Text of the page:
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Eglinton Crosstown Update

On December 20, 2013, there was a briefing for media on the Eglinton Crosstown Project at Metrolinx.  Coming the morning after the Press Gallery’s Christmas party, this was a lightly attended event and it received scant coverage.

Tunnel Construction Progress

The tunneling is making better progress than expected.  Originally, the contractor had planned for 12m/day, but they are actually making 20m/day thanks to improved efficiency in removal of spoil with a conveyor system.

At Eglinton West Station, the project faces the problem of getting under the existing Spadina Subway structure.  Original plans called for an extended shutdown of the Allen Road and much of Eglinton Avenue so that the tunnel boring machines (TBMs) could be disassembled, extracted from the west side of the site, lowered into a new access shaft on the east side, and reassembled to continue their journey east to Yonge.

This scheme was not acceptable to the City of Toronto and a new proposal is under consideration.  The access shafts will be longer, but the TBMs will be extracted, moved and lowered back into place in one piece.  The move across the subway structure would be done similarly to rapid bridge replacement projects with a support structure to carry the TBMs (which weigh 420 metric tons) from the west to the east side.   This approach will eliminate the need to disassemble and reassemble the machines.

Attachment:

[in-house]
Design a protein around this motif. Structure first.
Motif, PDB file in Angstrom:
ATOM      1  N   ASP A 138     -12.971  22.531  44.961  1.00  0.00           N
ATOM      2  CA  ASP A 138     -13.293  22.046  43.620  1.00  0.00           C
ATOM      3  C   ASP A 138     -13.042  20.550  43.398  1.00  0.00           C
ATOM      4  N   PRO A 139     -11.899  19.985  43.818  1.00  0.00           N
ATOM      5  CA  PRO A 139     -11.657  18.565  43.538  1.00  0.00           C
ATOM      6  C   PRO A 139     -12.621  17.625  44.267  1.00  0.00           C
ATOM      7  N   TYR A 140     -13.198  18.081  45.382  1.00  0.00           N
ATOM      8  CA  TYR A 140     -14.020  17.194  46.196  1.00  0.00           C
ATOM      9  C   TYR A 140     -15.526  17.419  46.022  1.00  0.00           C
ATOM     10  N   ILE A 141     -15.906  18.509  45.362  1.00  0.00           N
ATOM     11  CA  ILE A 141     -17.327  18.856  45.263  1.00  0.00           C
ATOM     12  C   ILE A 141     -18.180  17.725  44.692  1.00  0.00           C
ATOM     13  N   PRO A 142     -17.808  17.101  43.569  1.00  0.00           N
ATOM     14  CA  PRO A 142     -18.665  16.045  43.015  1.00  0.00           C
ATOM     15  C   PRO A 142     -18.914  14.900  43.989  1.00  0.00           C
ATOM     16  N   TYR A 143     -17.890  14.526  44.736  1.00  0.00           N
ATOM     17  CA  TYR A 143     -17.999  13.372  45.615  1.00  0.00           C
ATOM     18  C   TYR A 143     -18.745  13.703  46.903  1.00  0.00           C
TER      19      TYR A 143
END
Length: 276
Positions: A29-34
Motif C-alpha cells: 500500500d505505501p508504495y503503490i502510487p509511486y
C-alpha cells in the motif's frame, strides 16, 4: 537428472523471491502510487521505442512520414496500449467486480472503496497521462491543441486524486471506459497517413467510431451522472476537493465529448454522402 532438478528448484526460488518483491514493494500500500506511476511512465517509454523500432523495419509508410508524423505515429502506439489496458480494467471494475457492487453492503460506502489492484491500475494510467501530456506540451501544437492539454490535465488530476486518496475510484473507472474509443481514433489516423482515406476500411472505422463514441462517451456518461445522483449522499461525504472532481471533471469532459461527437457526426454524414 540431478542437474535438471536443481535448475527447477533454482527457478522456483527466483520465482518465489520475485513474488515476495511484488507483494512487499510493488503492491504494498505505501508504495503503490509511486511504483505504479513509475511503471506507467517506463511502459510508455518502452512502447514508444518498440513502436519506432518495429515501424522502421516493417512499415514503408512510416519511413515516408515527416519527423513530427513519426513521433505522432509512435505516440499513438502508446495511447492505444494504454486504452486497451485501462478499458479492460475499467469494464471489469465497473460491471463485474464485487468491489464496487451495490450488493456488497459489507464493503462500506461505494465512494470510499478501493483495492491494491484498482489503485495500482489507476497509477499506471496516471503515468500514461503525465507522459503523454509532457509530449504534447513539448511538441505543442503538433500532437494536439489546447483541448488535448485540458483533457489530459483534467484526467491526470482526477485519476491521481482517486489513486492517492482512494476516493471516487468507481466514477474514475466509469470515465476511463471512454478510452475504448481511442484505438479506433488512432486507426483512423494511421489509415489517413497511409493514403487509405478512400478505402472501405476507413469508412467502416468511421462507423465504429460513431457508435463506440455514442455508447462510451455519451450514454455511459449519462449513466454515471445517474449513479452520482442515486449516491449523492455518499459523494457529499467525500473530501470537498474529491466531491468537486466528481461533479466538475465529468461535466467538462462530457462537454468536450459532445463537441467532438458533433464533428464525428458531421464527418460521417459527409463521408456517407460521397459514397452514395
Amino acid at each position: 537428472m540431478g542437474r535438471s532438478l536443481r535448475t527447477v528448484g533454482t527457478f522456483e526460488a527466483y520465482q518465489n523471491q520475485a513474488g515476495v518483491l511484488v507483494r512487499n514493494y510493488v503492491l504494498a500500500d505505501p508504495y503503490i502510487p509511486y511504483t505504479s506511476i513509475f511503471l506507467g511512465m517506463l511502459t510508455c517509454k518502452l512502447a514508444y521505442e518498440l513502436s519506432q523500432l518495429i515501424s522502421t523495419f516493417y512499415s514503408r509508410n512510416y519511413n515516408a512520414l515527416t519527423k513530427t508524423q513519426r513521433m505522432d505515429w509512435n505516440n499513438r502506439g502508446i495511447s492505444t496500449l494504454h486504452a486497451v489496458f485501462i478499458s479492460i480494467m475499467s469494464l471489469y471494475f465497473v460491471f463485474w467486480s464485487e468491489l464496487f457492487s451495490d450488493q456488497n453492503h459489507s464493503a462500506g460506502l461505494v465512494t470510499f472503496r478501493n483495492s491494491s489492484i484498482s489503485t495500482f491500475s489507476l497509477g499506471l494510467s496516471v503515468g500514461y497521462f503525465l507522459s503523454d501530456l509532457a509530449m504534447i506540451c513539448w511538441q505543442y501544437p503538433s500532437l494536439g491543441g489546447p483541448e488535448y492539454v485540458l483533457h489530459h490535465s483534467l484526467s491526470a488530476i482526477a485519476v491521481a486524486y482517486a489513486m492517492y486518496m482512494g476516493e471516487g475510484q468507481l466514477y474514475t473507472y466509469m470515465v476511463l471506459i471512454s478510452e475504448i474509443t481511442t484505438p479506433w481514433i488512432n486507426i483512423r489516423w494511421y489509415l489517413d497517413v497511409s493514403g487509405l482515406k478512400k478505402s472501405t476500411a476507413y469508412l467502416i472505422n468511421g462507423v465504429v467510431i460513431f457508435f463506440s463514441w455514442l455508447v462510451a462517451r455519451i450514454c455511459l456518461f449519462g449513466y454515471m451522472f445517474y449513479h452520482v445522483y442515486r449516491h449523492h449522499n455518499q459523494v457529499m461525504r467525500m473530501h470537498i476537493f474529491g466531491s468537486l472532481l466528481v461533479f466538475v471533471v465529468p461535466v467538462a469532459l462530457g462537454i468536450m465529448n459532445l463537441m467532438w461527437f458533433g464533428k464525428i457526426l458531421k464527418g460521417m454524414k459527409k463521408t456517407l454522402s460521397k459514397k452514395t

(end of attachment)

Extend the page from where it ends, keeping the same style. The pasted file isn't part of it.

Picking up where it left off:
The eastern tunnel contract includes the launch shaft (between Brentcliffe and the west branch of the Don River), and work will begin there early in 2014.  The eastern tunnels will bore west to Yonge.

The two tunnel contracts – at $283-million for the west side and $177m for the east – are only part of the much larger cost of building an underground transit line.  The tunnels (of which the western section is now under construction) will be provided as empty tubes – physical structures with no installed systems – for the next stage in the project.  Tunneling will complete in 2016.

At each station site, headwalls are built at each end of what will become the station excavation.  As the TBMs reach the headwalls, they bore through and leave behind a completed tunnel that will be partly disassembled when the station construction digs down to them.  Two techniques are used for these walls depending on local conditions:

  • Secant piles require boreholes into which the piles are installed.  These require utility relocations to avoid the boring activity.
  • Jet grouting uses a slurry to form the headwalls without the need to bore.  This approach is being used at Caledonia Station.

The TTC assisted with specifications for the tunnels to ensure that they meet the standard of other Toronto infrastructure.  These will be constructed as empty round tubes that will be transferred to the bidders for the next stage of construction and who will take over the risk for future maintenance.